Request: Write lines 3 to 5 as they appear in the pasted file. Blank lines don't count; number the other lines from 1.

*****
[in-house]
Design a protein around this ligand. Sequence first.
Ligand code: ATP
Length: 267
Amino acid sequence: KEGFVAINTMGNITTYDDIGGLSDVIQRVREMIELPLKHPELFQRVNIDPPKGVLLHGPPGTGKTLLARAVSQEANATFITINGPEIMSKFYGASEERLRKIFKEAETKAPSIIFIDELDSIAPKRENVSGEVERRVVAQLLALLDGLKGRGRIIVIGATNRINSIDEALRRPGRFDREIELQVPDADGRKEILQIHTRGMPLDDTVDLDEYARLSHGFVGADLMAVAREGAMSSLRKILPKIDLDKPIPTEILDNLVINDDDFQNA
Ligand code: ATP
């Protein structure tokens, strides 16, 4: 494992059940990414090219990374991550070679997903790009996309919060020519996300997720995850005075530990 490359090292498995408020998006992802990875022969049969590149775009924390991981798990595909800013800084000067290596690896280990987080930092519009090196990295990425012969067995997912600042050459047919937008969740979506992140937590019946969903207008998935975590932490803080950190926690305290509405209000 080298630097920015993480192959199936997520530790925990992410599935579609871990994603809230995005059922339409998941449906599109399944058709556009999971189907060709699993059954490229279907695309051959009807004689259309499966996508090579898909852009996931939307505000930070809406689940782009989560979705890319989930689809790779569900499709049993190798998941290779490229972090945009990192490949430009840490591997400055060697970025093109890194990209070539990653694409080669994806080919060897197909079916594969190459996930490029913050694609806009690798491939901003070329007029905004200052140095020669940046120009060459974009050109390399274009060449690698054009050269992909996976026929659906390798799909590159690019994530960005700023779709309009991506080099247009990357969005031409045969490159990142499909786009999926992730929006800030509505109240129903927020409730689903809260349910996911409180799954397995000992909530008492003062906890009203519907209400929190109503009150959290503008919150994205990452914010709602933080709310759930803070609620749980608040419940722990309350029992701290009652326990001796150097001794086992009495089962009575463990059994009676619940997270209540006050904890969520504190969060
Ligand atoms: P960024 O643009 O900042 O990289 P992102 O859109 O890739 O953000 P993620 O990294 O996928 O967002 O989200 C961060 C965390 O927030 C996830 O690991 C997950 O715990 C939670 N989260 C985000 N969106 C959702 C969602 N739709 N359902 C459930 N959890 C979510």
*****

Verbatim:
Ligand code: ATP
Length: 267
Amino acid sequence: KEGFVAINTMGNITTYDDIGGLSDVIQRVREMIELPLKHPELFQRVNIDPPKGVLLHGPPGTGKTLLARAVSQEANATFITINGPEIMSKFYGASEERLRKIFKEAETKAPSIIFIDELDSIAPKRENVSGEVERRVVAQLLALLDGLKGRGRIIVIGATNRINSIDEALRRPGRFDREIELQVPDADGRKEILQIHTRGMPLDDTVDLDEYARLSHGFVGADLMAVAREGAMSSLRKILPKIDLDKPIPTEILDNLVINDDDFQNA